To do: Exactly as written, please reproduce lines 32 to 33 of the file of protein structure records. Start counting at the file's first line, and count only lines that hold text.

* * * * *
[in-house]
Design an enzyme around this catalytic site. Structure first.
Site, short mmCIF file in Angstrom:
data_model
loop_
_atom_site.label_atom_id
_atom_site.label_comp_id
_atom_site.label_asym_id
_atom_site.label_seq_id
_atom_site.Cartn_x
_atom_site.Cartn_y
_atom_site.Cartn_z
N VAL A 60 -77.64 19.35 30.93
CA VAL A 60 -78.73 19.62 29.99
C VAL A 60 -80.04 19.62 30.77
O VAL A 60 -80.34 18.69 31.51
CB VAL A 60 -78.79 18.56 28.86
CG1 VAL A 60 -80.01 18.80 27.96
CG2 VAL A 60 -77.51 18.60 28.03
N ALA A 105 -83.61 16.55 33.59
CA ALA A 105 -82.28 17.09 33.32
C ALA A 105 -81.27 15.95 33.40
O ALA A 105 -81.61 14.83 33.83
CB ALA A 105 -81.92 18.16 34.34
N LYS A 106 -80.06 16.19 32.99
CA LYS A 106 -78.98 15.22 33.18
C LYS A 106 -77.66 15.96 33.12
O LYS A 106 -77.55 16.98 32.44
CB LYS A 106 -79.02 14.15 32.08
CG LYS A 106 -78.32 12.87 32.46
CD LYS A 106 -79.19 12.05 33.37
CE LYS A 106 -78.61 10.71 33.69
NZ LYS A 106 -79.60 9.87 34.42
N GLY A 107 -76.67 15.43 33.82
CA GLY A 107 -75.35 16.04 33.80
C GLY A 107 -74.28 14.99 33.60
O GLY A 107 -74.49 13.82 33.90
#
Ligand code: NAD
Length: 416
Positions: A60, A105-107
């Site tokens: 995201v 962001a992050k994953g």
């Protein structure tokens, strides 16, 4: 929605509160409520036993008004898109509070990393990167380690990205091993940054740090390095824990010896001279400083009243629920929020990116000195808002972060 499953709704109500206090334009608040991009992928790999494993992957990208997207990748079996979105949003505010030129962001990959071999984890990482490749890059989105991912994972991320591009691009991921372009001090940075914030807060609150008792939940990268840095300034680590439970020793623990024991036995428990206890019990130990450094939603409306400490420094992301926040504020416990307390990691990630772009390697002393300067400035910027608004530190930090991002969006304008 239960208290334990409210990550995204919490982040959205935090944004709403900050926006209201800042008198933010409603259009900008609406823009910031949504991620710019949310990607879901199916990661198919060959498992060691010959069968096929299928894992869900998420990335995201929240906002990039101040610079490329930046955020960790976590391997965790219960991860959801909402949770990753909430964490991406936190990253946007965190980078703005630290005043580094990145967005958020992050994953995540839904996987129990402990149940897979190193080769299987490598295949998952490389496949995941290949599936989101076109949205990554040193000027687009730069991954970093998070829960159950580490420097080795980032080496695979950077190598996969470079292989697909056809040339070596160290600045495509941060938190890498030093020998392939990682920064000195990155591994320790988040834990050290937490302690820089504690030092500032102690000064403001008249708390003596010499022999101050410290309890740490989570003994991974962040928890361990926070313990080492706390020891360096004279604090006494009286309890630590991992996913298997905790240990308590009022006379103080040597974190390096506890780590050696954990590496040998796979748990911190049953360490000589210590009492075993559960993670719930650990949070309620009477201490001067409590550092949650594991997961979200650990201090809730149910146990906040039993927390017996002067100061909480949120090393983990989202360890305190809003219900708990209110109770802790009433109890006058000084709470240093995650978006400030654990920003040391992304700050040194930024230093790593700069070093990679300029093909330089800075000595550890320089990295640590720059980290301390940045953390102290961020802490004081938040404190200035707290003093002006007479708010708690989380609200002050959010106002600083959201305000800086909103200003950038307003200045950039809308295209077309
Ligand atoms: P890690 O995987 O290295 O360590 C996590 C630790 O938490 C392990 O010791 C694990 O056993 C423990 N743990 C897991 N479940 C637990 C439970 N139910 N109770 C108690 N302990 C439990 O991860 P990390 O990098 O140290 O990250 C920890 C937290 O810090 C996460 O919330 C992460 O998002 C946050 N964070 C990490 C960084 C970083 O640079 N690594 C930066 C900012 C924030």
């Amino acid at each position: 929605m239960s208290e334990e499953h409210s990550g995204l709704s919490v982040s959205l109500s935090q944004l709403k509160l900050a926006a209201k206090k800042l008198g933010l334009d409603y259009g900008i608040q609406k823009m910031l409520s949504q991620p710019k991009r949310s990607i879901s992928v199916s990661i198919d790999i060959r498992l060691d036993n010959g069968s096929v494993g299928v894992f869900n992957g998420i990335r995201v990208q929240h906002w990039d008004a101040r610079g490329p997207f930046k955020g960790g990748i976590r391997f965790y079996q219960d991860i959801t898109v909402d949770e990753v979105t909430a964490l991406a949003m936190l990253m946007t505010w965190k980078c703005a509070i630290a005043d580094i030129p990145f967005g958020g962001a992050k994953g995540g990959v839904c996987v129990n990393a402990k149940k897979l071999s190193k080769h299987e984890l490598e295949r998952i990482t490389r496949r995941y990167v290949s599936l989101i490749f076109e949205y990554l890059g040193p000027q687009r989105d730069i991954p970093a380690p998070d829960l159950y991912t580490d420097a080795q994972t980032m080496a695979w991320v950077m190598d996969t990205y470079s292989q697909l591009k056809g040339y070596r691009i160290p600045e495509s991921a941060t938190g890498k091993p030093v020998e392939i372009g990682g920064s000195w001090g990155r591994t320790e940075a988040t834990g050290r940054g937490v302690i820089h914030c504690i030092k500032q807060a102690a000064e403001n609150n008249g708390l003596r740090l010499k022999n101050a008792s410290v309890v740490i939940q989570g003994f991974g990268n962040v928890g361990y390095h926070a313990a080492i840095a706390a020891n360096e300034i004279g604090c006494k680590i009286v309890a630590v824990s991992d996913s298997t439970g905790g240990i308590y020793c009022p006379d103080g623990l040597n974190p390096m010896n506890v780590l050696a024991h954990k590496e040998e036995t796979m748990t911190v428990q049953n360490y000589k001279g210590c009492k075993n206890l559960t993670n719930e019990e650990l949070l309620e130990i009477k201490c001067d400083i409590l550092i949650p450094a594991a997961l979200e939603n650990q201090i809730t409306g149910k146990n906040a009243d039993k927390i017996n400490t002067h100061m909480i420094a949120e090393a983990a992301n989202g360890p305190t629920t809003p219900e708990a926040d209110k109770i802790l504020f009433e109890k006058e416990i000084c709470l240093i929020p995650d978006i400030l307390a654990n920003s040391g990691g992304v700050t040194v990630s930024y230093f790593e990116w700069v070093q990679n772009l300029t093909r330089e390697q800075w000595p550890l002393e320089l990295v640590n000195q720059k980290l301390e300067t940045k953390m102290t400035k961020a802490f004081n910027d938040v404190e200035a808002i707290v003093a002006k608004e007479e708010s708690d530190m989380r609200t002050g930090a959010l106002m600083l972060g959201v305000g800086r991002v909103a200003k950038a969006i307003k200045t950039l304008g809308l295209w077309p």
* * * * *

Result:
CE LYS A 106 -78.61 10.71 33.69
NZ LYS A 106 -79.60 9.87 34.42